Tr also points out that the advent of new technology or new information (e.g., from floods, seismic events, or discovery of new regional or
local geologic features) may in the future require the borrower to modify the technical criteria for evaluating dam safety; the TT urges the
borrower to make such modifications and then apply the revised criteria to the project dam and, as necessary, to other dams under the borrower's jurisdiction.
105
106
RegulatoryFrameworks for Dam Safety
12. To ensure that completed dams are inspected and maintained satisfactorily, Regional staff may carry out supervision beyond the closing date
of the project, either during work on follow-up projects or during specially scheduled supervision missions.z
2. See OP/BP 13.05, ProjectSupervision.
APPENDIX III
World Bank: Bank Procedure 4.37 on the Safety of Dams,
Annex A on Dam Safety Reports: Content and Timing
*flfn THE WORLD BANK OPERATIONAL MANUAL
BP 4.37 - Annex A
IE Bank Procedures
October 2001
These procedureswere preparedforuse by World Bank staff and are not necessarilya
complete treatment of the subject.
Dam Safety Reports: Content and Timing
1. Plan for construction supervision and quality assuratnce.This plan is provided to the Bank by appraisal. It covers the organization, staffing levels, procedures, equipment, and qualifications for supervision of the
construction of a new dam or of remedial work on an existing dam.
For a dam other than a water storage dam,' this plan takes into account the usual long construction period, covering the supervision requirements as the dam grows in height-with any accompanying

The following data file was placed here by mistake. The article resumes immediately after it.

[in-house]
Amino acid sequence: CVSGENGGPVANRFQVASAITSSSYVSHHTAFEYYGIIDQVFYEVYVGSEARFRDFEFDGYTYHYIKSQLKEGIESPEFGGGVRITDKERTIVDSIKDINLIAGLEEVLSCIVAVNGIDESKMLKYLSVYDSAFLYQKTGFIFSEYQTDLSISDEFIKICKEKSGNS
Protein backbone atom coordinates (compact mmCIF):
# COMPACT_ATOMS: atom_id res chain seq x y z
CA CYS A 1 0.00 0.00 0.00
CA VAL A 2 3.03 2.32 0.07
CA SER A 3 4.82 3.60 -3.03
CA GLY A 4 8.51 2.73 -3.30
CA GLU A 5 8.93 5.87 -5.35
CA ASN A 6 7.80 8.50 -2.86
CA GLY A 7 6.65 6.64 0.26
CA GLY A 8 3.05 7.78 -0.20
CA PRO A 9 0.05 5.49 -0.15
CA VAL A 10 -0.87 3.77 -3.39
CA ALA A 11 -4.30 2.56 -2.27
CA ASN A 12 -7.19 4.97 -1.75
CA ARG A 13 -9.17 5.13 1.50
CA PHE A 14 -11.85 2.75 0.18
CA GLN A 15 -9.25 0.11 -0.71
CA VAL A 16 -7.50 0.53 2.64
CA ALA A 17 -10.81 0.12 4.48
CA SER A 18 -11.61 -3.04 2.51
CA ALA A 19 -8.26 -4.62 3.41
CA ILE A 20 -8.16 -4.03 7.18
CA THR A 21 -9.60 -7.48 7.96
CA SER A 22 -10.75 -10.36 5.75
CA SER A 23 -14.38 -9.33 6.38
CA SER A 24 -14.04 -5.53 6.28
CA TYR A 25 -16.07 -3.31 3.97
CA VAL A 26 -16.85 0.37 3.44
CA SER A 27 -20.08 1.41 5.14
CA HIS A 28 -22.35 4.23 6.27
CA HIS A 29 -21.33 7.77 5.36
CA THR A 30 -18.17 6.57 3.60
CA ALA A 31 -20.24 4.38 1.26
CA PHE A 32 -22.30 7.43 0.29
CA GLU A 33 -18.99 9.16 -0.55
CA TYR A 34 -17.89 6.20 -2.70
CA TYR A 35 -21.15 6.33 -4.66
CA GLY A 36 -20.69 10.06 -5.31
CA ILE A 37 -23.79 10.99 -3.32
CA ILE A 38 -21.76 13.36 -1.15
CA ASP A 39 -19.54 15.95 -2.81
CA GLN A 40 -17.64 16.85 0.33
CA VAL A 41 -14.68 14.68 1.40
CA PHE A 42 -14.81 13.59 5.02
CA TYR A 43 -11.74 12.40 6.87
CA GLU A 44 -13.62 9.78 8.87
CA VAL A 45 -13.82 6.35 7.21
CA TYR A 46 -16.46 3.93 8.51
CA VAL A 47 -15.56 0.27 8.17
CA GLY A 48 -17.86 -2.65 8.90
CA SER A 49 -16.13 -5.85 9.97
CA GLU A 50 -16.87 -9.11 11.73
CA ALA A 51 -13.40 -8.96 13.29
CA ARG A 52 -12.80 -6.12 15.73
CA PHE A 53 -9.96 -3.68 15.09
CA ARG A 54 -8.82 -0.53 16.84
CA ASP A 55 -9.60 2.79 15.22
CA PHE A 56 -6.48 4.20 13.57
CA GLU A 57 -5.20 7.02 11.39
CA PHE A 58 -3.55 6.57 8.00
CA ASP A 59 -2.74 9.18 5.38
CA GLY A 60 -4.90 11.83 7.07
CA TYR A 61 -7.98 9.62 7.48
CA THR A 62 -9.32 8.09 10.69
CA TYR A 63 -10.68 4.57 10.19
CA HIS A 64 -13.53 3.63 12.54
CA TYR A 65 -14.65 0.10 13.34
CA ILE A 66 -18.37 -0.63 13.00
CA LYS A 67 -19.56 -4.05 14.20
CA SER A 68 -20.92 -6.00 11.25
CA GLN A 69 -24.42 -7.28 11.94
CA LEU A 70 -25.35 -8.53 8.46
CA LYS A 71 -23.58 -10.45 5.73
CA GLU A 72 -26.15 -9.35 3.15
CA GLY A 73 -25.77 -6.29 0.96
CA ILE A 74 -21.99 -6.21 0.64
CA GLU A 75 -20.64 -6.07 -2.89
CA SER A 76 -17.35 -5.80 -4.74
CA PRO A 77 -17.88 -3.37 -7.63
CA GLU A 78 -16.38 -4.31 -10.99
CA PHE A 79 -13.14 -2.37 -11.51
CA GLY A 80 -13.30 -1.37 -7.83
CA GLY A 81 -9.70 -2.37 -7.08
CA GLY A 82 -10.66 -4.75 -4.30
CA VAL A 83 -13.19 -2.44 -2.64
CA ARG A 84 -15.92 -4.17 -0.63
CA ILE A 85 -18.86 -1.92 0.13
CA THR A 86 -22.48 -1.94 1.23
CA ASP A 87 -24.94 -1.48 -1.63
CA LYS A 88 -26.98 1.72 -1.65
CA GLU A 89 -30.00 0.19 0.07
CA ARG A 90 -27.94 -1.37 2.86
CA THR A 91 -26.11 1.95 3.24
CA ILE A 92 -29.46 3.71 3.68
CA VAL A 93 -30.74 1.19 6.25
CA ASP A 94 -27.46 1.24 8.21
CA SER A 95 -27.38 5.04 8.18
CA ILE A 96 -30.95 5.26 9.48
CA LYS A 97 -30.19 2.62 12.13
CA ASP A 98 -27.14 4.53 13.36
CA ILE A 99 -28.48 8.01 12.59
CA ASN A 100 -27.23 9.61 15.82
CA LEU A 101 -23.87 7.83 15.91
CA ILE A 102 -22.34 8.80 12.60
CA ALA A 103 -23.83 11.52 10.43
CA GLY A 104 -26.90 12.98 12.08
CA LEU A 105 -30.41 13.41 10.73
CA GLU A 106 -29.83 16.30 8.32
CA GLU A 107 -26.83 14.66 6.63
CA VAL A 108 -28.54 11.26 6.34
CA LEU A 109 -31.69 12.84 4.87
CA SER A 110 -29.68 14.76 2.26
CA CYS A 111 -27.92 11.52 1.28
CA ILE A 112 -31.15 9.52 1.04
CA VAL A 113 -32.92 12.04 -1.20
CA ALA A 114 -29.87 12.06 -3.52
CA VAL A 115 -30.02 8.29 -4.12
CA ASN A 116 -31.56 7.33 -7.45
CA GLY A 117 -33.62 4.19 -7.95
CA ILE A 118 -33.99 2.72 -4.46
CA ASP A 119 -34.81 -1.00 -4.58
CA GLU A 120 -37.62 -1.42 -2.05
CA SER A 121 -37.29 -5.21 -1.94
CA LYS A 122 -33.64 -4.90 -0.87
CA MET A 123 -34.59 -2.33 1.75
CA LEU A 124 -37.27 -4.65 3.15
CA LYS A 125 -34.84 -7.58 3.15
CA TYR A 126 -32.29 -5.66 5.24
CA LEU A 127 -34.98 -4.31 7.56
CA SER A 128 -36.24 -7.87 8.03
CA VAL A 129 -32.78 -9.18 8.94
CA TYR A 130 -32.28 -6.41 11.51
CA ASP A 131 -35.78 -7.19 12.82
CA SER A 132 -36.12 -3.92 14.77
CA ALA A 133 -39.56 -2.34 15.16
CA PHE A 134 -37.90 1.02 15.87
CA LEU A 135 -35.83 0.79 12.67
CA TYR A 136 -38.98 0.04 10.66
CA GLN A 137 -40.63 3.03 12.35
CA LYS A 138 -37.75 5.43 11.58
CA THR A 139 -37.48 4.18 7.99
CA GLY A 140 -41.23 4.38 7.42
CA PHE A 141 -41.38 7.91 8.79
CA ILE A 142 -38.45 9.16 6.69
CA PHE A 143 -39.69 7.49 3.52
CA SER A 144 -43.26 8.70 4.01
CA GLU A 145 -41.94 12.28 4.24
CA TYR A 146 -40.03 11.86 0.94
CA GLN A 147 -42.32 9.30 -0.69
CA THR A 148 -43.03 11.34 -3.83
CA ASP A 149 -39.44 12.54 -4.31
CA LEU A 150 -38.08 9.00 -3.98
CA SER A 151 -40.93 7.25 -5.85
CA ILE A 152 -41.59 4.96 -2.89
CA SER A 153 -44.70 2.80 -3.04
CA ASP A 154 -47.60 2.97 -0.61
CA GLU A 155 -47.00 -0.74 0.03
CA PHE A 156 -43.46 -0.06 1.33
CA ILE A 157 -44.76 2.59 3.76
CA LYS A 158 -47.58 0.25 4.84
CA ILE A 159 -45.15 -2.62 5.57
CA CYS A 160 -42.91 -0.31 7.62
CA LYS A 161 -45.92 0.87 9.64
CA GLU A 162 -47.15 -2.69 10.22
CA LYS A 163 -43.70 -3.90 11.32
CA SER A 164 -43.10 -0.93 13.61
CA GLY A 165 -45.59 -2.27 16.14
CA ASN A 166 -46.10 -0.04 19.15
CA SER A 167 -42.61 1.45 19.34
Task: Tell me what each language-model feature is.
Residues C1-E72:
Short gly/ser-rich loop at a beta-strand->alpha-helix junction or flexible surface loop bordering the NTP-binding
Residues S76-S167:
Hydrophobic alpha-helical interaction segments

changes in construction materials or the characteristics of the impounded material-over a period of years. The task team uses the plan
to assess the need to fund components under the loan to ensure that
dam-safety-related elements of the design are implemented during
construction.
2. Instrumentationplan. This is a detailed plan for the installation of instruments to monitor and record dam behavior and the related hydrometeorological, structural, and seismic factors. It is provided to an
independent panel of experts (the Panel) and the Bank during the design stage, before bid tendering.
3. Operation and maintenance (O&M) plan. This detailed plan covers orga-
nizational structure, staffing, technical expertise, and training required;
1. For example, a mine tailings, ash impoundment, or slag storage dam.
107
108
Regulatory Frameworks for Dam Safety
equipment and facilities needed to operate and maintain the dam;
O&M procedures; and arrangements for funding O&M, including longterm maintenance and safety inspections. The O&M plan for a dam
other than a water storage dam, in particular, reflects changes in the
dam's structure or in the nature of the impounded material that may be
expected over a period of years. A preliminary plan is provided to the
Bank for use at appraisal. The plan is refined and completed during project implementation; the final plan is due not less than six months prior to the initial filling of the reservoir. Elements required to finalize the
2